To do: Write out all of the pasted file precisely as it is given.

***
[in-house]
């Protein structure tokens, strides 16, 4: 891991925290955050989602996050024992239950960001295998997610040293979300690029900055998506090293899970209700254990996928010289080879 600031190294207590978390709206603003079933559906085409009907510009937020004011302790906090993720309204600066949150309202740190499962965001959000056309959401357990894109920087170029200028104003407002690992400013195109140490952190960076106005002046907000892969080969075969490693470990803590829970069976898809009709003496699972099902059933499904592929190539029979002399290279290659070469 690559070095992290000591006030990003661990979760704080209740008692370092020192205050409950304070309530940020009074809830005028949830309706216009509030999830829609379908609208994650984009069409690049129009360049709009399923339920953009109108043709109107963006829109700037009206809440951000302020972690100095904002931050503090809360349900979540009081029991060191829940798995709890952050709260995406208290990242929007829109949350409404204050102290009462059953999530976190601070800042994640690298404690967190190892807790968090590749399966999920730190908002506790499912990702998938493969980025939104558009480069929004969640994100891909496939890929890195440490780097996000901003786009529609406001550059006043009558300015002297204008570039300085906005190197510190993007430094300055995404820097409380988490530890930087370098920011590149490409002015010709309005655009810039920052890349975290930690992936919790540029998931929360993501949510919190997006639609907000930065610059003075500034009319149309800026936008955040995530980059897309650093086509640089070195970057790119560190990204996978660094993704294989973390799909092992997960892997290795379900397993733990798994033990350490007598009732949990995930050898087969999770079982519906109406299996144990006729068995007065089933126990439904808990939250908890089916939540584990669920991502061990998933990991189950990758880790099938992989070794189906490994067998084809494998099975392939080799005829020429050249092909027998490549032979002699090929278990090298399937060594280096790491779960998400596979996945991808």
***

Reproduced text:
[in-house]
């Protein structure tokens, strides 16, 4: 891991925290955050989602996050024992239950960001295998997610040293979300690029900055998506090293899970209700254990996928010289080879 600031190294207590978390709206603003079933559906085409009907510009937020004011302790906090993720309204600066949150309202740190499962965001959000056309959401357990894109920087170029200028104003407002690992400013195109140490952190960076106005002046907000892969080969075969490693470990803590829970069976898809009709003496699972099902059933499904592929190539029979002399290279290659070469 690559070095992290000591006030990003661990979760704080209740008692370092020192205050409950304070309530940020009074809830005028949830309706216009509030999830829609379908609208994650984009069409690049129009360049709009399923339920953009109108043709109107963006829109700037009206809440951000302020972690100095904002931050503090809360349900979540009081029991060191829940798995709890952050709260995406208290990242929007829109949350409404204050102290009462059953999530976190601070800042994640690298404690967190190892807790968090590749399966999920730190908002506790499912990702998938493969980025939104558009480069929004969640994100891909496939890929890195440490780097996000901003786009529609406001550059006043009558300015002297204008570039300085906005190197510190993007430094300055995404820097409380988490530890930087370098920011590149490409002015010709309005655009810039920052890349975290930690992936919790540029998931929360993501949510919190997006639609907000930065610059003075500034009319149309800026936008955040995530980059897309650093086509640089070195970057790119560190990204996978660094993704294989973390799909092992997960892997290795379900397993733990798994033990350490007598009732949990995930050898087969999770079982519906109406299996144990006729068995007065089933126990439904808990939250908890089916939540584990669920991502061990998933990991189950990758880790099938992989070794189906490994067998084809494998099975392939080799005829020429050249092909027998490549032979002699090929278990090298399937060594280096790491779960998400596979996945991808």